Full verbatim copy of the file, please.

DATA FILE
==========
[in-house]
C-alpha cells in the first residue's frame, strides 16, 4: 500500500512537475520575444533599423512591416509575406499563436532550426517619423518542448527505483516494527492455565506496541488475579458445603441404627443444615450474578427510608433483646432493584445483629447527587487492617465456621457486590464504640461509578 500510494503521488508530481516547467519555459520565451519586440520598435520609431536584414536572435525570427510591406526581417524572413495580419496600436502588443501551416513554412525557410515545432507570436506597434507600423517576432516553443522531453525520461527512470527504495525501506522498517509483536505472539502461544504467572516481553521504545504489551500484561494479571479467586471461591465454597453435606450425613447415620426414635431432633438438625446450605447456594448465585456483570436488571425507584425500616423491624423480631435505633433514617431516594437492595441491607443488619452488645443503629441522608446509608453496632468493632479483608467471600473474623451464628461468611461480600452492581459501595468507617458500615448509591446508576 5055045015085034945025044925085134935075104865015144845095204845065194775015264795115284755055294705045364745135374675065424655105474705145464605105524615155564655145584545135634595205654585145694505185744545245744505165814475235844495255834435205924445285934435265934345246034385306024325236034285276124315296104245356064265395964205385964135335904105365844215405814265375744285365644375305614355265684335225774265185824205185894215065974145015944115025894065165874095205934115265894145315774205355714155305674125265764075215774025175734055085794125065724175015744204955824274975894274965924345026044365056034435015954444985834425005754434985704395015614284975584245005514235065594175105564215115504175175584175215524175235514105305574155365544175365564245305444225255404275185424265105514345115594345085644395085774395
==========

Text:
[in-house]
C-alpha cells in the first residue's frame, strides 16, 4: 500500500512537475520575444533599423512591416509575406499563436532550426517619423518542448527505483516494527492455565506496541488475579458445603441404627443444615450474578427510608433483646432493584445483629447527587487492617465456621457486590464504640461509578 500510494503521488508530481516547467519555459520565451519586440520598435520609431536584414536572435525570427510591406526581417524572413495580419496600436502588443501551416513554412525557410515545432507570436506597434507600423517576432516553443522531453525520461527512470527504495525501506522498517509483536505472539502461544504467572516481553521504545504489551500484561494479571479467586471461591465454597453435606450425613447415620426414635431432633438438625446450605447456594448465585456483570436488571425507584425500616423491624423480631435505633433514617431516594437492595441491607443488619452488645443503629441522608446509608453496632468493632479483608467471600473474623451464628461468611461480600452492581459501595468507617458500615448509591446508576 5055045015085034945025044925085134935075104865015144845095204845065194775015264795115284755055294705045364745135374675065424655105474705145464605105524615155564655145584545135634595205654585145694505185744545245744505165814475235844495255834435205924445285934435265934345246034385306024325236034285276124315296104245356064265395964205385964135335904105365844215405814265375744285365644375305614355265684335225774265185824205185894215065974145015944115025894065165874095205934115265894145315774205355714155305674125265764075215774025175734055085794125065724175015744204955824274975894274965924345026044365056034435015954444985834425005754434985704395015614284975584245005514235065594175105564215115504175175584175215524175235514105305574155365544175365564245305444225255404275185424265105514345115594345085644395085774395